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Annotated Bibliography of NSABP Publications

Diverticular Disease in Patients With Colon Cancer: Subgroup Analysis of National Surgical Adjuvant Breast and Bowel Project Protocol C-06.
Soran A, Harlak A, Wilson JW, Nesbitt L, Lembersky BC, Wieand HS, O'Connell MJ.
Clin Colorectal Cancer. 2006 Jul;6(2):140-5.

Background: Similar epidemiologic characteristics suggest a common etiology for colon cancer (CC) and diverticular disease of the colon (DD). The relationship between the 2 diseases is still unclear, and the impact of DD in patients diagnosed with CC on disease-free survival (DFS) and overall survival (OS) is unknown. National Surgical Adjuvant Breast and Bowel Project (NASBP) protocol C-06 is a clinical trial comparing oral uracil/tegafur/leucovorin with 5-fluorouracil/leucovorin in patients with resected stage II/III carcinoma of the colon.

Patients and Methods: The NASBP enrolled 1,608 patients who had undergone potentially curative resection for stage II/III colon cancer from 256 medical sites between February 14, 1997, and March 31, 1999.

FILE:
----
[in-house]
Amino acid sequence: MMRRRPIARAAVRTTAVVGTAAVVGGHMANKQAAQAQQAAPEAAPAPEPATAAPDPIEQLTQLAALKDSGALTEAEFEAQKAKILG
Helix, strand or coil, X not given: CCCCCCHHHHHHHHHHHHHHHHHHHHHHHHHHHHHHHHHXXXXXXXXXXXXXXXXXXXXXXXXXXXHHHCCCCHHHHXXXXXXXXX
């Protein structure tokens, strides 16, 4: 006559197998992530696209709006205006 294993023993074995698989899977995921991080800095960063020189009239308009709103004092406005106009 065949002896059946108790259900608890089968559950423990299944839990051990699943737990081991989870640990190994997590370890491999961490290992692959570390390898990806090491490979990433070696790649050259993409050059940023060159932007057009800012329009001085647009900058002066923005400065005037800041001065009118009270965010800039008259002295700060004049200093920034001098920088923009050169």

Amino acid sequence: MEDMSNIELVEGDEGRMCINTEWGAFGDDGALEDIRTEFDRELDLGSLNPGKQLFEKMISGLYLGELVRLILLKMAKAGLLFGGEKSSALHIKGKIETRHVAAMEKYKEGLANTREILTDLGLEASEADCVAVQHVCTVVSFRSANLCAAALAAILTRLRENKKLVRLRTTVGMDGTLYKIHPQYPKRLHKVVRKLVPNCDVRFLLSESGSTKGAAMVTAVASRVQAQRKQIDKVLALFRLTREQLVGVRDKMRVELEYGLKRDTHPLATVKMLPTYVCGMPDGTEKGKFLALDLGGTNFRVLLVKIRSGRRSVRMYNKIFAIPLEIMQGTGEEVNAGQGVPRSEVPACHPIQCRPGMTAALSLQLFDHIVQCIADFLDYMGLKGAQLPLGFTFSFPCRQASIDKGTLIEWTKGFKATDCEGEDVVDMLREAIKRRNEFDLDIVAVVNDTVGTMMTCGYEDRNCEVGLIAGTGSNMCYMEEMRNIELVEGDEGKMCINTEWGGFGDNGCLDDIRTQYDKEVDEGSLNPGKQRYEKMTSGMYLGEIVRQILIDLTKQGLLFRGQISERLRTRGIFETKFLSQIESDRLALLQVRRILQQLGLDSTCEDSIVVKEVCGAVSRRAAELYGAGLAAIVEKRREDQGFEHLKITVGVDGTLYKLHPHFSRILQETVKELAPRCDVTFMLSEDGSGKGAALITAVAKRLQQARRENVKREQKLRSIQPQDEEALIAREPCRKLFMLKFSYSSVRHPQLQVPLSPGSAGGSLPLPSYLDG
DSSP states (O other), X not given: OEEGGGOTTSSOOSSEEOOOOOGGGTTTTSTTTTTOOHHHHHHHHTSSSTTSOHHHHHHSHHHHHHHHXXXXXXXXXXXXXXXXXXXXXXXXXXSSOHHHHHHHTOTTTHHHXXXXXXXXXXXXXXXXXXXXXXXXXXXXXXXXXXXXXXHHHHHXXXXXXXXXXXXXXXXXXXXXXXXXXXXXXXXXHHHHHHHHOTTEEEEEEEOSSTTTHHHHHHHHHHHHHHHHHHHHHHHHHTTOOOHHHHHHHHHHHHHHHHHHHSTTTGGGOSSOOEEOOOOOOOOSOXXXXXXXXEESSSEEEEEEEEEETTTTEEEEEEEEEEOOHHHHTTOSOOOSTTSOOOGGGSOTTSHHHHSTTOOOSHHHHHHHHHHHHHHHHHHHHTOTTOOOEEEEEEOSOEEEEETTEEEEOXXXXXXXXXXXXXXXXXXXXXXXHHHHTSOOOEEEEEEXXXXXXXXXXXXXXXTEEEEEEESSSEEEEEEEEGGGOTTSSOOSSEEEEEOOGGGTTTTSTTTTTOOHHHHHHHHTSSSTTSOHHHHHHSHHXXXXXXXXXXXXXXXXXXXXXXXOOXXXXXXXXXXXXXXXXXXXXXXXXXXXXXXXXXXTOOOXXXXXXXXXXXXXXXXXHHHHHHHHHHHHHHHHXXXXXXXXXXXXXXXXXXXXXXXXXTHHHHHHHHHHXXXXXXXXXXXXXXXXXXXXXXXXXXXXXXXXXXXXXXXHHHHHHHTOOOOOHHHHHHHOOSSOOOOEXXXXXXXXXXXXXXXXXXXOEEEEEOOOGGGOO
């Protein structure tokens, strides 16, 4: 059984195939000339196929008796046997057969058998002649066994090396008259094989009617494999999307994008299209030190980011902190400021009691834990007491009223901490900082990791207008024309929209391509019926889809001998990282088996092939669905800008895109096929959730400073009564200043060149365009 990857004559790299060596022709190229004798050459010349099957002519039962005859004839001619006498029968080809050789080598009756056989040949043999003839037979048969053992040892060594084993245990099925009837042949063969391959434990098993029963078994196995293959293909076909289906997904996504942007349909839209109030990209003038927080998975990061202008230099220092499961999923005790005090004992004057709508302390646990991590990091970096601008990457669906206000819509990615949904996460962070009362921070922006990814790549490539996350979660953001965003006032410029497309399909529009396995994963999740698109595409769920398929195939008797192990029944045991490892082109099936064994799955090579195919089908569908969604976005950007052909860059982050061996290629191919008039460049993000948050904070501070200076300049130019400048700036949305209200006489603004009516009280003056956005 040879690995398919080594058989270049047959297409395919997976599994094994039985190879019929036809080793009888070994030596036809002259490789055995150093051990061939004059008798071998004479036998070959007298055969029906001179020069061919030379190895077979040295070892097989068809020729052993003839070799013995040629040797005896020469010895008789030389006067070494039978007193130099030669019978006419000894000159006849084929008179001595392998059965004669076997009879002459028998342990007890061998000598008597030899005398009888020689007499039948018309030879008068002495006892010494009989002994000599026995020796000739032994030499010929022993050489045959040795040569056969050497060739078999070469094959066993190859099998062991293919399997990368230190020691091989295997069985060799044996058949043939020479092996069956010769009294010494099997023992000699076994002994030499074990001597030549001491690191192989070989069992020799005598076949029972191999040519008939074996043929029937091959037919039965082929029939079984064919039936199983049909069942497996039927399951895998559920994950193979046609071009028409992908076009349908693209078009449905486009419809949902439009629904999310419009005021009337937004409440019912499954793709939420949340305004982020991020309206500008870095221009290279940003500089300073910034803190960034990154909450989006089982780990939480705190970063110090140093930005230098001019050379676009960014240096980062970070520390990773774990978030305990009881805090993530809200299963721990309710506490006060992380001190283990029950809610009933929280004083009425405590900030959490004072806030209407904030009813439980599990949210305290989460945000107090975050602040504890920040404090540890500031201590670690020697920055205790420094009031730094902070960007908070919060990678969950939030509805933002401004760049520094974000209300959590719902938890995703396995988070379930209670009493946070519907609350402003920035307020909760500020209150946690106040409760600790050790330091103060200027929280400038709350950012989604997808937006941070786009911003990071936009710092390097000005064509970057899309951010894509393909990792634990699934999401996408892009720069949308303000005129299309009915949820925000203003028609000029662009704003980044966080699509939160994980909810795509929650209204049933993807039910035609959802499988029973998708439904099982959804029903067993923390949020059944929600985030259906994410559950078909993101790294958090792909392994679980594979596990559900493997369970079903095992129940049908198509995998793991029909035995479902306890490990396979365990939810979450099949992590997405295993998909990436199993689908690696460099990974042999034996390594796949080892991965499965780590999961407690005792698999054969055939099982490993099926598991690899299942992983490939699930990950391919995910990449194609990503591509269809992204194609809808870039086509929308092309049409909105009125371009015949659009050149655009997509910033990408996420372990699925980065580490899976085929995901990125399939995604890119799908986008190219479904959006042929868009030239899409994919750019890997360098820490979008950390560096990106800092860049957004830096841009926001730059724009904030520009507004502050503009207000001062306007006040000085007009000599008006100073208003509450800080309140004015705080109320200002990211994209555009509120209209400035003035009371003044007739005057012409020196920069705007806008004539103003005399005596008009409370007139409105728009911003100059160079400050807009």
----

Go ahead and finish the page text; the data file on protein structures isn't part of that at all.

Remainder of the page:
Results: Pathology reports from 1561 eligible patients retrospectively reviewed for the presence of DD revealed that 160 (10.2%) had this disease. The median ages of patients with CC and DD and without DD were 67 and 61 years, respectively (P < 0.05). The majority of patients were white, and Hispanic patients were better represented in the group with DD (P < 0.05). Colon cancer was located in the rectosigmoid in 46.88% of patients with DD and in 31.92% of patients without DD (P < 0.05). A baseline diagnosis of DD made no significant contribution to DFS or OS without adjustment for confoundin factors (P = 0.2 and P = 0.32, respectively) or adjusted for Dukes classification and age (P = 0.49 and P = 0.68, respectively).

Conclusion: The prevalence of DD in patients diagnosed and treated for CC was 10.2%. Patients with CC with and without DD differed from each other with respect to age, tumor location, and ethnicity. There was no negative impact of having DD on DFS and OS in patients treated for stage II/III CC.

PMID: 16945170